I have a bad habit of looking down at the ground when I run. I'm not sure what I'll find there. Some speed maybe? It makes more sense to look ahead, of course. It makes more sense to target what's coming next, not look at the pebbles dotting the street right by your feet.
Nevertheless I must remind myself to look up--to look forward.
I don't actually have a problem looking to the future. In fact, I could argue I live too much in the past and the future, and not enough in the present. But when it comes to my fitness, my training and my racing, I seem to be rather myopic. I'm only as good as my last swim, bike or run. I'm only as good as my last race.
I know that those who race best don't think like I do. They put the bad race or workout directly behind them and move on--chin up--into the future. This, I've decided needs to be my next and newest goal. I need to look up when I run. Because it's hard to keep loving the work if the work doesn't give you love back, and the work only gives you love back if you don't expect it to be good all the time. It only loves you back if you don't let it define you on a day to day basis.
So that's the new me. Not defined by today's slacker workout. Instead, defined by....
Now that is a question to contemplate. Defined by....
Don't you find it hard not to define by? Like in general? Like in life?
I've noticed this trend among my mom athletes.
Awhile ago they decided to do a triathlon, and they liked it. They liked that they did something scary and hard; they liked that they took on a challenge and conquered it; they liked that they worked to become fit enough to actually complete an event. They liked it so much, they wanted more. They don't ever want to go back to being that other person-- the person before the person that completed the triathlon.
And it begins. They gradually morph in body and in self-definition.
This can be a big ass problem to the others in the athlete's life. The others--like the spouse, the friends, the family--LIKED (usually) the triathlete before she/he was a triathlete. They also depended on her--to meet demands and not to make them. And she tries to still be that person. But she really wants to be the person who trains and races. Because that person is strong and able. That person has her own life--in addition to the life that previously existed pretty much only in service to others.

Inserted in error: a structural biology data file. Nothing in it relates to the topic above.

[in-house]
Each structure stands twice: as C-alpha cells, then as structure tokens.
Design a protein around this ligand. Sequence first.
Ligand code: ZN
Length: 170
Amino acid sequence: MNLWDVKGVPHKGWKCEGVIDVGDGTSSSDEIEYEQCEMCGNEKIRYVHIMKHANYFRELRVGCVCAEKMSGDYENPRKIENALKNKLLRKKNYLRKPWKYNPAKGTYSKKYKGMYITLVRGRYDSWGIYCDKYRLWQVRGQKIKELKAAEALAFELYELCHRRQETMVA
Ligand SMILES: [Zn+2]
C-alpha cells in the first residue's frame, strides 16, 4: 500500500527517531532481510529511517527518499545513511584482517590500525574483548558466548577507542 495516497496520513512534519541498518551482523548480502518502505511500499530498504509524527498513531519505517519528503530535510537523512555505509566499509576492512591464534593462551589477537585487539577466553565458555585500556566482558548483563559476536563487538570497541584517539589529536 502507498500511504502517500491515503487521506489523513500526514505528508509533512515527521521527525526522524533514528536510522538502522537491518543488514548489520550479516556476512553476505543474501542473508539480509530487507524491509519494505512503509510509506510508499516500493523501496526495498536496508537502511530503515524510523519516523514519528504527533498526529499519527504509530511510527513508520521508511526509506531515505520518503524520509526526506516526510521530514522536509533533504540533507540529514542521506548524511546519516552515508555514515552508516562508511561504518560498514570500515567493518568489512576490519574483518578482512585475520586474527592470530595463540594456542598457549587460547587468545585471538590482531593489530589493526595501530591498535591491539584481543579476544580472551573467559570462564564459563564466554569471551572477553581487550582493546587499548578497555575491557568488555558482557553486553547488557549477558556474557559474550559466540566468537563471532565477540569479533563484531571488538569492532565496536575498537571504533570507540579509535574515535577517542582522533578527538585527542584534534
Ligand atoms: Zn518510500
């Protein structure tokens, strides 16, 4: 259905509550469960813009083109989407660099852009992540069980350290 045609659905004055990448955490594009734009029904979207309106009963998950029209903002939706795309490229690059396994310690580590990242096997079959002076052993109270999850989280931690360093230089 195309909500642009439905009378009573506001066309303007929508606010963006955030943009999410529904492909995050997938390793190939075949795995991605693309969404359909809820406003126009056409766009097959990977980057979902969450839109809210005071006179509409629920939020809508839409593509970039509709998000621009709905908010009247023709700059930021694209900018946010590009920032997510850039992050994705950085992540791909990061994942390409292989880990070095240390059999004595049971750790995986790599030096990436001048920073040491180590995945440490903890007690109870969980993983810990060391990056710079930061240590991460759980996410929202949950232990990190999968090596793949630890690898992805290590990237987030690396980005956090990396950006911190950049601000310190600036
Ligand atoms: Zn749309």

The woman prides herself on being a mom. But she also wants to be fully entrenched and viewed by the world around her as a triathlete, as a contender, as a person who has the energy and self discipline and life force to both have a life for herself--and the life of a mom. The training and the racing are emblematic of her ability and desire to do both--to be both. Sometimes the spouse and friends stick around for this transformation. Sometimes they are so angered and bitter about the transformation that they leave.
It's inaccurate to paint a picture that showcases these tri moms as entirely selfless beings who are now, finally, taking a bit back for themselves. Nevertheless, that is how I am painting it, because frankly that is how I view it! haha! I will say, though, that any time a person changes it is hard on those around them. And I will also say that the power of finally feeling good about your fitness, your ability to compete, and your body can be highly seductive. I have certainly been victim to that seduction.
Over the years I have become more and more entrenched in my life as a triathlete. Next to being a mom and a coach, it is the way I define myself. Which is why it's hard when I fail to live up to the expectations I have on myself in terms of performance--especially with my myopia problem.
So the question remains... how to define myself on a day to day basis if I make it my goal to not define myself according to my training and racing? I suppose not at all? And will I lose my edge if I do fail to define myself this way? Do I have any edge left to lose?
Today I raced -- a little sprint in my hometown called the Tri for Preservation. It's run by my friend Ted and the Cape Elizabeth Land Trust, and it's a great little race. It was a beautiful day and a gorgeous place to race.
I'd like to say I had fun when racing. I really didn't. I felt crappy the whole way--not physically so much as mentally. I don't think I had one positive thing to say to myself, just a lot of self-defeating mean and angry at myself thoughts, which is no way at all to go through a race! I DID have fun after the race, chatting with friends and getting awards. (I was second overall right after my super pretty and fast friend Stacy, who kicked my ass on the damn run!) (Stacy is in the PBM kit and I am next to her.)
It was Alina's bday today, and she celebrated by doing a relay at this race. (Happy Bday, Bean!) She was the swimmer and Andy (my husband) was the cyclist and runner. And they won for fastest relay! I was very proud.
My good friend Anne raced too, and likely would have completely kicked my butt had she not suffered a broken derailleur only a few miles into the bike. We started the race together in the same wave, and I though I tried like hell to stay with her I was not even close to doing so! I was in the process of TRYING to catch her on the bike when I saw her stranded on the side of the road, her chain split in half and dangling from the bike. Such a drag. I'm sorry, Anne!
After the race Andy, Alina and I got some breakfast, and then went home to the kiddos. Later that night we celebrated the bday with blueberry pie and ice cream. Yum.
Tomorrow is a new day, and I begin to pursue my new goal.